Beyonce has revealed she has ‘respect for officers in general’ but she’s ‘against police brutality’ while defending her formation video which caused so much backlash especially from police officers.
The 34 year-old said ”I’m proud of what we created and I’m proud to be a part of a conversation that is pushing things forward in a positive way”, while fielding questions in the May issue of Elle magazine.
Bey is facing a probable boycott of security officers for one of her shows in April after some said her single ‘Formation’ was anti-police.
Queen Bey said the reaction she’s getting doesn’t come as much a surprise, noting: ‘I mean, I’m an artist, and I think the most powerful art is usually misunderstood.’
Regarding talks about her being labeled ‘anti-police’, she did set the record straight though;she said: ‘I have so much admiration and respect for officers and the families of officers who sacrifice themselves to keep us safe. But let’s be clear: I am against police brutality and injustice. Those are two separate things’.
The star who asserts she is one of the most powerful arts continued: ‘If celebrating my roots and culture during Black History Month made anyone uncomfortable, those feelings were there long before a video and long before me’.
If the song ‘Formation’ was already gathering dust specks of criticism, Beyonce’s outstanding performance at Super Bowl 50’s halftime show, turned it to a full wind.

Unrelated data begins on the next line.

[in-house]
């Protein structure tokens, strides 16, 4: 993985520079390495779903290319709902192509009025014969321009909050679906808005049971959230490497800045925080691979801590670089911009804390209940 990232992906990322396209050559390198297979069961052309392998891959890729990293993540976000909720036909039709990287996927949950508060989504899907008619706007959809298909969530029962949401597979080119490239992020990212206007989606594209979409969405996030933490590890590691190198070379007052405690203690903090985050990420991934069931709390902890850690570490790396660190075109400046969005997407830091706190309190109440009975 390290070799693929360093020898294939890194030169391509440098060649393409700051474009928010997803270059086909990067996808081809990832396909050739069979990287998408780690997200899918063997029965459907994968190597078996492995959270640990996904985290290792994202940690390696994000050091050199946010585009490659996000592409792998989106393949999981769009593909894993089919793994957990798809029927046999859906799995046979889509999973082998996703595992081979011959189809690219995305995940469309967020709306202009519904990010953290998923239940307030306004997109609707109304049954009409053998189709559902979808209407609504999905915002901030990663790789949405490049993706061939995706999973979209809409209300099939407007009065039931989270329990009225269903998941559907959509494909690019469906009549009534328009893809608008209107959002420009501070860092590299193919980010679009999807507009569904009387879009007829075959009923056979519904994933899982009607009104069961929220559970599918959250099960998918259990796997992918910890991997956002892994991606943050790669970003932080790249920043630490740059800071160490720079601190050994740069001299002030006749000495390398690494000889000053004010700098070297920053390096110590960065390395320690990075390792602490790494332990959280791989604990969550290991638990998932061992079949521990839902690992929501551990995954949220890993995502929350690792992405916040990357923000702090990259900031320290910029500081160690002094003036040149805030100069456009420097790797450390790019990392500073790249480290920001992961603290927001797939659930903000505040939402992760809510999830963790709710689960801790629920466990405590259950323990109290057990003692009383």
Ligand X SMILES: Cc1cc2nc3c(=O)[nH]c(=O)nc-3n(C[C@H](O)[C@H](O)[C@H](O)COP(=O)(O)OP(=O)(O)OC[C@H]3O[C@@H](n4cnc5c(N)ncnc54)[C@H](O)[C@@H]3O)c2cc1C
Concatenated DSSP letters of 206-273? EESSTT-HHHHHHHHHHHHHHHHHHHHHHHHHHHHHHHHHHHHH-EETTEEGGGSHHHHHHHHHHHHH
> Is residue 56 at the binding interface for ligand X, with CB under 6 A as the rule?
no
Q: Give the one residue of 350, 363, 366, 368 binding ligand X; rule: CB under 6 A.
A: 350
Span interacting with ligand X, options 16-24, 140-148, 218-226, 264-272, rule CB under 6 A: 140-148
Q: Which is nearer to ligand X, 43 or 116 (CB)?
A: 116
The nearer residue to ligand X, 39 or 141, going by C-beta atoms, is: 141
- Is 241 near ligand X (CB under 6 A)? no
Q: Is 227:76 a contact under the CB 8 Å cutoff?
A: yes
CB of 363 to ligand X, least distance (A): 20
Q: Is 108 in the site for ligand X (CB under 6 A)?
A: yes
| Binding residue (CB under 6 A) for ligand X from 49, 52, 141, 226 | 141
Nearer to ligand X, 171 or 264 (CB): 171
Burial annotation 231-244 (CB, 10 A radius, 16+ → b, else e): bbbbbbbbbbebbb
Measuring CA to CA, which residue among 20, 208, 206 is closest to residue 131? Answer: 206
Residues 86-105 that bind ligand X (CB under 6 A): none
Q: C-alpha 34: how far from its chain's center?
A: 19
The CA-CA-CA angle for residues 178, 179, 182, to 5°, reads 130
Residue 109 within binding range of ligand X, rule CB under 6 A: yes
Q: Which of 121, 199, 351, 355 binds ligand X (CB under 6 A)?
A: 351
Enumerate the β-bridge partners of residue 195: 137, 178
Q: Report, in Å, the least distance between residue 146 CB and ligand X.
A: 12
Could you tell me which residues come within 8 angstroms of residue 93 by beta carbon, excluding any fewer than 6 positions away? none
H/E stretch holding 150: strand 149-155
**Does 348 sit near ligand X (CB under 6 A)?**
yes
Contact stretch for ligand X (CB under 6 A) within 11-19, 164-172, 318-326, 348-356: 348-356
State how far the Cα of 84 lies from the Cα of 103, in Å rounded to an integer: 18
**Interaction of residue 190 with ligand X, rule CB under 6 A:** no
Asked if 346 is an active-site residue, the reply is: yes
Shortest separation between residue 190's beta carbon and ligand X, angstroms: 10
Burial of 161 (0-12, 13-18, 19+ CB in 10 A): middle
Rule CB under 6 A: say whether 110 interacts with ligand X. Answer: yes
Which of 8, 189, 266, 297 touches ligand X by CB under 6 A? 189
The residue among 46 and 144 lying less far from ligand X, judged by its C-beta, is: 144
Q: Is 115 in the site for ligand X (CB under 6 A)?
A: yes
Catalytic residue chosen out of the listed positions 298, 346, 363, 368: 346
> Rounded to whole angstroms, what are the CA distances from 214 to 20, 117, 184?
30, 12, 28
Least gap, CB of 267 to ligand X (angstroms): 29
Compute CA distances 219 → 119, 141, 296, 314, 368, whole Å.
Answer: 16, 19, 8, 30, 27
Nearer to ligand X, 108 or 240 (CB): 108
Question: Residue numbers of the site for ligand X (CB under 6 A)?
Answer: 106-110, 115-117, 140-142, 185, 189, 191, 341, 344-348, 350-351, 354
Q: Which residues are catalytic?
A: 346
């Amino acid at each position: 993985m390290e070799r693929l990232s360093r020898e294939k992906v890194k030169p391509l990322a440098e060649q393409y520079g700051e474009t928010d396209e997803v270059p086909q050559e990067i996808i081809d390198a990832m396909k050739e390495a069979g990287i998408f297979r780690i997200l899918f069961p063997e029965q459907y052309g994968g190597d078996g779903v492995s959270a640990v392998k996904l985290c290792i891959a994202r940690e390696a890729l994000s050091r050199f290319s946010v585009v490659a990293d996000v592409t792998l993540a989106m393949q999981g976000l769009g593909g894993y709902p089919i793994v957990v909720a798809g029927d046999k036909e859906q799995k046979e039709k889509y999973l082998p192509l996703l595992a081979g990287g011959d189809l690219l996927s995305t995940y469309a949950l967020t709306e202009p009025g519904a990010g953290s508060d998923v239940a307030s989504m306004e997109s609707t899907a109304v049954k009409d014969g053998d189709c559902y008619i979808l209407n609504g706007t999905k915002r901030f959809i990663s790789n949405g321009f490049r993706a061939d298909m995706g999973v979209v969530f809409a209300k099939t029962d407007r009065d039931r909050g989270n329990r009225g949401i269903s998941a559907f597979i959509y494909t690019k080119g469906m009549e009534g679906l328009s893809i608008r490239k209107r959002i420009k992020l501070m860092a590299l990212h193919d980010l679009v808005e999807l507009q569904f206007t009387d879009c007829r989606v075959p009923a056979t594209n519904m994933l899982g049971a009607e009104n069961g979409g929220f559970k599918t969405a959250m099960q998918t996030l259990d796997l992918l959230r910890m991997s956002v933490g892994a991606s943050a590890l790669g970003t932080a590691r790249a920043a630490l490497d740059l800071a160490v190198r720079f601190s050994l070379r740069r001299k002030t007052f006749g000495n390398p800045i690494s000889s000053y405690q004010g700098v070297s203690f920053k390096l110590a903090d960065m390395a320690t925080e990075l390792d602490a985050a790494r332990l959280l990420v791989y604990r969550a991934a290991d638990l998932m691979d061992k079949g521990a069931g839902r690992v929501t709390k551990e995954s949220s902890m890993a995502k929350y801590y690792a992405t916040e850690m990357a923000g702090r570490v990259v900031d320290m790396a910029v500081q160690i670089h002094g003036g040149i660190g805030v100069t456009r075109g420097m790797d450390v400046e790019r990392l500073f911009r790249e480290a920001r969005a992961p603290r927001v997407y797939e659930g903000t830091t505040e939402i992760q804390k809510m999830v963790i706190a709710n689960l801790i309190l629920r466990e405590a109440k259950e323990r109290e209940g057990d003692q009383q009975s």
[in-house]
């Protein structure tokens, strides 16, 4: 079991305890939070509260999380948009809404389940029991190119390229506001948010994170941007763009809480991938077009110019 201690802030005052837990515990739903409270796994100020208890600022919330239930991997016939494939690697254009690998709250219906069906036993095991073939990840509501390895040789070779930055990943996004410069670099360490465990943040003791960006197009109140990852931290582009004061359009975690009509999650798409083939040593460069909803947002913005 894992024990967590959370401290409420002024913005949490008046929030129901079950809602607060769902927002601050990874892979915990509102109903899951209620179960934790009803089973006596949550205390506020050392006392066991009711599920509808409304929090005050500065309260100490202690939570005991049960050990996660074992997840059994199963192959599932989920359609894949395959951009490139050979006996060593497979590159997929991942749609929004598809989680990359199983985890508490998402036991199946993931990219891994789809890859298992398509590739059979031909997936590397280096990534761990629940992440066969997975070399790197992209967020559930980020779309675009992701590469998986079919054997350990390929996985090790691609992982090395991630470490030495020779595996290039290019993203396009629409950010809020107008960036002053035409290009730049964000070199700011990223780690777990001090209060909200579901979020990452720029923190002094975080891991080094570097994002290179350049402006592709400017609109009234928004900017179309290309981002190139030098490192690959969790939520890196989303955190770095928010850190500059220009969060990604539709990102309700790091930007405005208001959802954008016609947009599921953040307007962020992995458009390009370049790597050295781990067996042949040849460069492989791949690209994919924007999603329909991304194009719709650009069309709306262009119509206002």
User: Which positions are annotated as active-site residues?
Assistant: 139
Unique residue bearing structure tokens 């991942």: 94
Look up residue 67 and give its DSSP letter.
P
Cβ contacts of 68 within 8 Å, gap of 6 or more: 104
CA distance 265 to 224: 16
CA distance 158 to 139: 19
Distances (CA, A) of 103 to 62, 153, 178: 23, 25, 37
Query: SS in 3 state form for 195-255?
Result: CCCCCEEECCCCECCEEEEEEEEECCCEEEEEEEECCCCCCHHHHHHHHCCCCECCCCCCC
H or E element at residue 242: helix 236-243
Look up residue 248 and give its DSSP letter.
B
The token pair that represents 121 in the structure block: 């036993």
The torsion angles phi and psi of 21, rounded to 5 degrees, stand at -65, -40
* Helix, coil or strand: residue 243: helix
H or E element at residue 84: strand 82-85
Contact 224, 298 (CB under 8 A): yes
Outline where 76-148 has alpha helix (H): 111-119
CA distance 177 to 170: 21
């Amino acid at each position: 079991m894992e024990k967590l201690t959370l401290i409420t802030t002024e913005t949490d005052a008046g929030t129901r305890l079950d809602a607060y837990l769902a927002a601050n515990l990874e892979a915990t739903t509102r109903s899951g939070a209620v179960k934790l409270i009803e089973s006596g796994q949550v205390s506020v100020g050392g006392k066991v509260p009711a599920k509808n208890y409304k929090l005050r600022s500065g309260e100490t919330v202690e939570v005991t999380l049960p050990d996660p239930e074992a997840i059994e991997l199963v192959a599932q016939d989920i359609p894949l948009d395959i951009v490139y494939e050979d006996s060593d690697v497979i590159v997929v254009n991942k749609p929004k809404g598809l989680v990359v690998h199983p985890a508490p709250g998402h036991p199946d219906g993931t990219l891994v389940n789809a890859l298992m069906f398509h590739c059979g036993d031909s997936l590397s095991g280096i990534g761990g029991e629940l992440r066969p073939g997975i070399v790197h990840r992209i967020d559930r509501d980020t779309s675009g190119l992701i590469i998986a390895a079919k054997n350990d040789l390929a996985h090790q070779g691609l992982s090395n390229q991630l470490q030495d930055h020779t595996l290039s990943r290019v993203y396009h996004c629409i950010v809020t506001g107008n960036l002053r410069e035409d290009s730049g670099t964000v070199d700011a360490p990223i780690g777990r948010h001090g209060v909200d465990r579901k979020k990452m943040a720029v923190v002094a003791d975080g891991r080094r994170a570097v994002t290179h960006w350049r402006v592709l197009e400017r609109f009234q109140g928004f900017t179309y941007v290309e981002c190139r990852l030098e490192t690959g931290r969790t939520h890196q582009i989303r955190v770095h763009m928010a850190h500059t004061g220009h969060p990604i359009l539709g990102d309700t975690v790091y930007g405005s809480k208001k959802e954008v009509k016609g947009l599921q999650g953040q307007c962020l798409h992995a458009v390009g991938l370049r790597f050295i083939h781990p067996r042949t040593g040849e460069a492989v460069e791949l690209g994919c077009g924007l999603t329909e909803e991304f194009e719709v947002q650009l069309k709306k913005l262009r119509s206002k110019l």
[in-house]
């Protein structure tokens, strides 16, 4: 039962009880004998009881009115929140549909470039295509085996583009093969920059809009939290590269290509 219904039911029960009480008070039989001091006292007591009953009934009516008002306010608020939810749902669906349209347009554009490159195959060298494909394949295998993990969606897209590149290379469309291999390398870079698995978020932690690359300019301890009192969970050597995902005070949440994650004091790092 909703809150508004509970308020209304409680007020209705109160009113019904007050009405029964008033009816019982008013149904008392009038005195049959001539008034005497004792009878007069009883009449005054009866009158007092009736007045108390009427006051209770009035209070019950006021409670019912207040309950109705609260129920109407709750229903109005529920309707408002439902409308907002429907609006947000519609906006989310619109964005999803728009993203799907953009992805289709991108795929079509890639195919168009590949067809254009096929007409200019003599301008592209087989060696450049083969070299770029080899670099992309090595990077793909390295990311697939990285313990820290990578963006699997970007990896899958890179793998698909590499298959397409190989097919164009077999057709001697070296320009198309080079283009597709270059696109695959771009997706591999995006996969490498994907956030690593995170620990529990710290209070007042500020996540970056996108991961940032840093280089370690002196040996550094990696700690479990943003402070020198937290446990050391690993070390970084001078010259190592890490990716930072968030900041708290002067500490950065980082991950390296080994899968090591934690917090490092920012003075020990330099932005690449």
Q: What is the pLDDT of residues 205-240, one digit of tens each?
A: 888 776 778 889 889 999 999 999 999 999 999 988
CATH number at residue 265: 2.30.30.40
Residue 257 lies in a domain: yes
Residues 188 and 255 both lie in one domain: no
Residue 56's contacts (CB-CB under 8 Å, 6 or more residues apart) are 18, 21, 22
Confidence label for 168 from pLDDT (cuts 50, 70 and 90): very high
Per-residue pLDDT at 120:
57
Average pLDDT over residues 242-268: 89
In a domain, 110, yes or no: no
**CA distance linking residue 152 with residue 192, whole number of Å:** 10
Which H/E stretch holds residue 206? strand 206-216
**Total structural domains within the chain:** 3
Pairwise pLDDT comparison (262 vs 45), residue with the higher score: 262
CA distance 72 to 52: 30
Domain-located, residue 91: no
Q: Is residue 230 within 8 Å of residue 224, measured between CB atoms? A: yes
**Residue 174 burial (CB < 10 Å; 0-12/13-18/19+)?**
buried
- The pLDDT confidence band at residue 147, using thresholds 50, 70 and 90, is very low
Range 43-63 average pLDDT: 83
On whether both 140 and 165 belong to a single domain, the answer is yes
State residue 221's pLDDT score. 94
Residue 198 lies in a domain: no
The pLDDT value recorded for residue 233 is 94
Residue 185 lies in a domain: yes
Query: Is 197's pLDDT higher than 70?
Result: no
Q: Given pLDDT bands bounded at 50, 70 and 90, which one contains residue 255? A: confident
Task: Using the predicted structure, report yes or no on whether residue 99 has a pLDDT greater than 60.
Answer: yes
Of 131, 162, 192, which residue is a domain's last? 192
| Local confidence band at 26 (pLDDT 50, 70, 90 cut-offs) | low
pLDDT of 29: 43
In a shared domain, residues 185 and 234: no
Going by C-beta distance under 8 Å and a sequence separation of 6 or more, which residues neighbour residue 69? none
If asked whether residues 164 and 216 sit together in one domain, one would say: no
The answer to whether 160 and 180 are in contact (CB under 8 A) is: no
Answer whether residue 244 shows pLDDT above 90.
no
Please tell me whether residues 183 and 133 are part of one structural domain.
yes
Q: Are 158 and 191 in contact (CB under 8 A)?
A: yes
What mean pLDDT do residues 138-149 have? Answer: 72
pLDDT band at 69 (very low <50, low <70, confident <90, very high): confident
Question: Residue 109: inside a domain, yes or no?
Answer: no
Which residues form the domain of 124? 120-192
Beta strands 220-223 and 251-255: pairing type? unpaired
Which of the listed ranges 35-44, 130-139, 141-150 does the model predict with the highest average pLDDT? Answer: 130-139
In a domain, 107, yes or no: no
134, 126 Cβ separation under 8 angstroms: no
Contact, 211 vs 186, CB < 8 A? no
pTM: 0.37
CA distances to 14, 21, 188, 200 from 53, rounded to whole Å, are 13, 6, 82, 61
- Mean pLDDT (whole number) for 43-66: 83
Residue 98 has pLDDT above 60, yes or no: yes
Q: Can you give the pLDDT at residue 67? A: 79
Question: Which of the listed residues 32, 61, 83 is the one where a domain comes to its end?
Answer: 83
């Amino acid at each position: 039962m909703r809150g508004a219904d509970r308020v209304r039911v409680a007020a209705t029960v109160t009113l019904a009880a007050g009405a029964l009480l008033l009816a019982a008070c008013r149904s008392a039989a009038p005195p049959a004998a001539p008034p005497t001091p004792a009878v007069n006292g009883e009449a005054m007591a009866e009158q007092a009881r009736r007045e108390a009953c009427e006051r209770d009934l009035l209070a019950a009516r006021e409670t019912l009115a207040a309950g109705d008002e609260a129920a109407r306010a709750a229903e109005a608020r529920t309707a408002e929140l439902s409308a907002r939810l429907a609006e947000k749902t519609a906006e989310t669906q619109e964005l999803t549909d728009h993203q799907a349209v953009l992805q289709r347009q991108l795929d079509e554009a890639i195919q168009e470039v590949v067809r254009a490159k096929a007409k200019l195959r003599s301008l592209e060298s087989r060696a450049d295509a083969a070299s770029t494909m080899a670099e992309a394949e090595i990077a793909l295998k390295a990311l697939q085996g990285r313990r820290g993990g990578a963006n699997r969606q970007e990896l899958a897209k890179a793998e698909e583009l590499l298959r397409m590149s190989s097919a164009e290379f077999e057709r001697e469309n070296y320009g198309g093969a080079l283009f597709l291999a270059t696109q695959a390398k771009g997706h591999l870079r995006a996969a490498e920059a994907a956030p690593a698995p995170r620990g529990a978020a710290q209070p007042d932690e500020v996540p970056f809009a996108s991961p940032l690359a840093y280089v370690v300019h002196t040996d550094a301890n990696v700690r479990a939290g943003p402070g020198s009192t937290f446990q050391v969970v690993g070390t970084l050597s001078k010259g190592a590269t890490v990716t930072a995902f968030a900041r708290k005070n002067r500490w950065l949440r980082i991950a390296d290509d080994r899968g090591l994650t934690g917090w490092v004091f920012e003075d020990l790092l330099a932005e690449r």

Her controversial performance was inspired by her backup dancers who dressed as the Black Panthers – representing members of militant defense group from the Sixties.
NY Mag confirmed an anonymous group organized a rally outside the NFL building on February 16.
They alleged Beyonce’s Super Bowl performance was actually a ‘race-baiting stunt’.
When it was time for the rally, everyone at the rally showed mad support for the Queen with only two people out of thousands standing as detractors. Not a good thing to be ‘anti-Bey’.
Beyonce is known for speaking up for certain causes such ‘Black Lives Matter and feminism’, though she insists on not sticking to labels.
She said: ‘I don’t like or embrace any label. I don’t want calling myself a feminist to make it feel like that’s my one priority, over racism or sexism or anything else.
I’m just exhausted by labels and tired of being boxed in. If you believe in equal rights, the same way society allows a man to express his darkness, to express his pain, to express his sexuality, to express his opinion – I feel that women have the same rights’.